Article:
Ask Us Anything About… Eating Disorders
Our theme for National Eating Disorders Awareness Week is “It’s Time to Talk About It.”
So, join us in talking about Eating Disorders.
We'll talk about the signs and symptoms of eating disorders, how to start a conversation with someone you think might have an eating disorder and how to seek treatment.View full transcript of video
The video begins inside one of the meeting rooms within Penn State Health Children’s Hospital’s Eating Disorders clinic. Two individuals are standing in front of a wall that has a hand crafted 3-D art mural showing collaboration. The two individuals are looking at the camera. Standing from left to right is Scott Gilbert and Division Chief of Adolescent Medicine and Eating Disorders at Penn State Health Children’s Hospital
Scott Gilbert – From Penn State health, Milton S. Hershey Medical Center, this is Ask Us Anything About Eating Disorders. I’m Scott Gilbert. This is National Eating Disorders Awareness Week, and the theme this year is It’s Time to Talk About It. Here to talk about this important issue with us is Dr. Rollyn Ornstein. She is Division Chief of Adolescent Medicine and Eating Disorders at Penn State Health Children’s Hospital. Dr. Ornstein, thanks for your time today.
Dr. Rollyn Ornstein – Thanks for having me.
Scott Gilbert – So this seems like it’s a tough discussion to have. If an adult suspects and eating disorder with someone who they love, isn’t that a tough discussion, a tough topic to broach?
Dr. Rollyn Ornstein – It’s definitely a tough topic to broach. There’s a lot of denial in kids and adolescents, and even adults who have eating disorders.
Scott Gilbert – So what’s some of the best advice you can give, first of all to parents, who might see some of the warning signs, which we’ll talk about in just a moment. But what’s some advice you have for parents?
Dr. Rollyn Ornstein – I would say just like any other thing that might concern the parent, they just need to sit down and have an open, honest conversation with their child. Just like if they were concerned about their grades, possible drug use, or anything else, ignoring it is not the way to go.
Scott Gilbert – It’s not something that’s just going to pass if it’s for real.
Dr. Rollyn Ornstein – It is not just going to pass. These are not phases. These are not things that kids just dabble in. These are serious disorders.
Scott Gilbert – What about peers? If I’m a teenager and I suspect this in a friend, can they take action, too?
Dr. Rollyn Ornstein – Definitely. I often find that it’s the peers who bring it either to the school’s attention or the parents’ attention, and I think is a friend, being a good friend is really important. If you feel that your friend is not going to be your friend anymore if you act for them, I understand that. But really, the best thing to do for your friend is to try to take action and maybe get an adult involved.
Scott Gilbert – You’re watching Asked Us Anything About Eating Disorders from Penn State Health Children’s Hospital. I’m Scott Gilbert alongside Dr. Rollyn Ornstein, and we welcome your questions over the course of this video. Whether you’re watching it live, we can pose those questions to her live, or even if you’re watching it on playback after the fact. We’d be happy to share the questions with Dr. Ornstein and track down an answer for you that we’d share in the comments section, as well. And if you like the content you’re seeing right now, feel free to share us and help us get the word out about this important topic. We talked briefly about warning signs. What are some of the most common warning signs of — we’ll speak generally about eating disorders?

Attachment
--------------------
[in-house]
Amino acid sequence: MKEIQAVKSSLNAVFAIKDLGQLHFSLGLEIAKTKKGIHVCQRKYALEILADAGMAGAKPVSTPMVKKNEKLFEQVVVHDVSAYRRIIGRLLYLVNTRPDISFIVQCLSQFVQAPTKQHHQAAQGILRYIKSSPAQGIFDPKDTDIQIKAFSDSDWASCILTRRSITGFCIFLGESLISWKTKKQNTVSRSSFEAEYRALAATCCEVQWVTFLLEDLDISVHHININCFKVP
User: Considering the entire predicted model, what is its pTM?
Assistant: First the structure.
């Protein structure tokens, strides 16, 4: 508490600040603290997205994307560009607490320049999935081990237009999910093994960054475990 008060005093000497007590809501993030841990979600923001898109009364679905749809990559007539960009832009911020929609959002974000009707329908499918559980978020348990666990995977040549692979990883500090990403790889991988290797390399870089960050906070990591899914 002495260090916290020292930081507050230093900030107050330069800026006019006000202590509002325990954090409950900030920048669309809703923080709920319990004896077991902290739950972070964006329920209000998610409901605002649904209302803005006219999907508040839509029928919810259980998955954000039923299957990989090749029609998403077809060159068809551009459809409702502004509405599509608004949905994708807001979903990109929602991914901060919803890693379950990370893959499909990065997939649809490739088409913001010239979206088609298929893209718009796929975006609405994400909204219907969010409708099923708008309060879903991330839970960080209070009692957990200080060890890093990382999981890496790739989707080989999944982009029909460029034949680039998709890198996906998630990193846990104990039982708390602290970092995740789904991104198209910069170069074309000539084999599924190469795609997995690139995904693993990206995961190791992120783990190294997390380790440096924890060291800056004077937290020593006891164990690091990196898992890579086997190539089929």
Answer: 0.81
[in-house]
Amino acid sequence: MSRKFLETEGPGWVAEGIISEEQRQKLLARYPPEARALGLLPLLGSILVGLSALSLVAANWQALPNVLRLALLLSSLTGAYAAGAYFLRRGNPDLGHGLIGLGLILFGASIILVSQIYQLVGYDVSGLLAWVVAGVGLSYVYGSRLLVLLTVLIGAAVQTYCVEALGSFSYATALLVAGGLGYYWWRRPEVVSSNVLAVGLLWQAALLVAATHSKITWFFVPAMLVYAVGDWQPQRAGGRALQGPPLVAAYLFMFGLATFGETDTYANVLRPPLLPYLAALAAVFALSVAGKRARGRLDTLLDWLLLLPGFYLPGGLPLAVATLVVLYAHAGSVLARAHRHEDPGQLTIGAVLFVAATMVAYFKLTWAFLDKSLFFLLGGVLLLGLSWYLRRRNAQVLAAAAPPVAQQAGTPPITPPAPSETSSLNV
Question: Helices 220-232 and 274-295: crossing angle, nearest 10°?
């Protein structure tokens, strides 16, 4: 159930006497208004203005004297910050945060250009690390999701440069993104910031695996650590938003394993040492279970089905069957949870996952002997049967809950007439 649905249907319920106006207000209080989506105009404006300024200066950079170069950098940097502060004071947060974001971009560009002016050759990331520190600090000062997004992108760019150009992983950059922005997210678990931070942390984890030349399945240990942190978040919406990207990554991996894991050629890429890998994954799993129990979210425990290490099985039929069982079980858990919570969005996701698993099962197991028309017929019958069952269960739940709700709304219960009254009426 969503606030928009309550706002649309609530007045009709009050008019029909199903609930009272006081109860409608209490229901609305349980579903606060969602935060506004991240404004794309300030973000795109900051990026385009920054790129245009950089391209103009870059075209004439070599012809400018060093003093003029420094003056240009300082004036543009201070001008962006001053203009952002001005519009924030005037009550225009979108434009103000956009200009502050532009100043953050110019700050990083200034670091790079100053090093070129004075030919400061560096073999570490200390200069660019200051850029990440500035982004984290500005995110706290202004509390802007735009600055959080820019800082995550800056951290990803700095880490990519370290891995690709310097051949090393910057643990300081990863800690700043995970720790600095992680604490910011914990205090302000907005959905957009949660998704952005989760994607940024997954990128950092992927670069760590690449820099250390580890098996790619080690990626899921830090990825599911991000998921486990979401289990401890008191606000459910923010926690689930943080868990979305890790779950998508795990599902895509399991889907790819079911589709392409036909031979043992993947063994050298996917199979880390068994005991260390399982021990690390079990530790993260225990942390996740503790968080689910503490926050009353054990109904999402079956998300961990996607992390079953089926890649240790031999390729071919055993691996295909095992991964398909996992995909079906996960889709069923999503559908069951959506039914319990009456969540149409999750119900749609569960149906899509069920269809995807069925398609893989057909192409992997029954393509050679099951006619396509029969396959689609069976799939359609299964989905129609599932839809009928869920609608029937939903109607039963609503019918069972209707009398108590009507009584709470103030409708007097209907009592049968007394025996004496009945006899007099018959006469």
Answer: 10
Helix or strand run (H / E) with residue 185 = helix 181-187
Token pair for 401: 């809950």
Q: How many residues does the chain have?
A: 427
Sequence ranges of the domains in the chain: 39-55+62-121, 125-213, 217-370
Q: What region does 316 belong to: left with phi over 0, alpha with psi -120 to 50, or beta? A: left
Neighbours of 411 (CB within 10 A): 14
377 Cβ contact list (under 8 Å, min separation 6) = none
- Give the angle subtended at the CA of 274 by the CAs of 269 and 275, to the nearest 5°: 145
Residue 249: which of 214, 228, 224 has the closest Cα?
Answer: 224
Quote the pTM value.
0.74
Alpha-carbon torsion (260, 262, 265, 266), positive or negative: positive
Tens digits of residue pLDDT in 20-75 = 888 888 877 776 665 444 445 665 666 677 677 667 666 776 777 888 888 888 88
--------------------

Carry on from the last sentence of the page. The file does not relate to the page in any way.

Dr. Rollyn Ornstein – Certainly, if one notices that their child is not coming to meals anymore, making excuses to not eat, such as I ate when I came home. I ate at someone else’s house. Disappearing after meals or just not coming down to the table. Cutting their food up into small pieces. Pushing food around on their plate. Those are some of the behavioral signs that might tip someone off that there may be an eating disorder going on.
Scott Gilbert – As you mention those, I’m thinking, I can think of times that my kids have done that. It seems like every kid does that at some point. Place with their food, pokes it around. When does it cross that line? Maybe when you see a pattern?
Dr. Rollyn Ornstein – Well certainly, picky eating is common in much younger kids. Certainly, in toddlers. Picky eating really shouldn’t extend significantly beyond into school-age. If this is a new behavior, a change in behavior, I think is what I’m talking about.
Scott Gilbert – Sure, and of course, back when we went to school, we took what $1.25 or whatever in cash, and we paid. So if a child wasn’t going to eat lunch that day, they could hide that money from their parents. Today, it’s a much more digital process in most schools. So that can be another warning sign, right? If you see it not being used?